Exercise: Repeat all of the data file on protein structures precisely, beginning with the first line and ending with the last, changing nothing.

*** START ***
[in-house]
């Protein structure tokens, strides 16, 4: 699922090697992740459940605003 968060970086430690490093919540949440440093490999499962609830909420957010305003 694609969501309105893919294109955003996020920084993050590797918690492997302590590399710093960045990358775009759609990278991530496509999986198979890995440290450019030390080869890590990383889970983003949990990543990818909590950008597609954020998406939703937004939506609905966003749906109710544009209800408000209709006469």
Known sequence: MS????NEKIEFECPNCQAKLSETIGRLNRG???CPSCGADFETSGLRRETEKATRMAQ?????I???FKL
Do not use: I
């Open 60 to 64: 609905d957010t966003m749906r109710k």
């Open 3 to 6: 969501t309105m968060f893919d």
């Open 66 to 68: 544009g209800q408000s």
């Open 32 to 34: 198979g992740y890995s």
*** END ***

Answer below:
[in-house]
């Protein structure tokens, strides 16, 4: 699922090697992740459940605003 968060970086430690490093919540949440440093490999499962609830909420957010305003 694609969501309105893919294109955003996020920084993050590797918690492997302590590399710093960045990358775009759609990278991530496509999986198979890995440290450019030390080869890590990383889970983003949990990543990818909590950008597609954020998406939703937004939506609905966003749906109710544009209800408000209709006469």
Known sequence: MS????NEKIEFECPNCQAKLSETIGRLNRG???CPSCGADFETSGLRRETEKATRMAQ?????I???FKL
Do not use: I
């Open 60 to 64: 609905d957010t966003m749906r109710k």
């Open 3 to 6: 969501t309105m968060f893919d």
């Open 66 to 68: 544009g209800q408000s």
């Open 32 to 34: 198979g992740y890995s």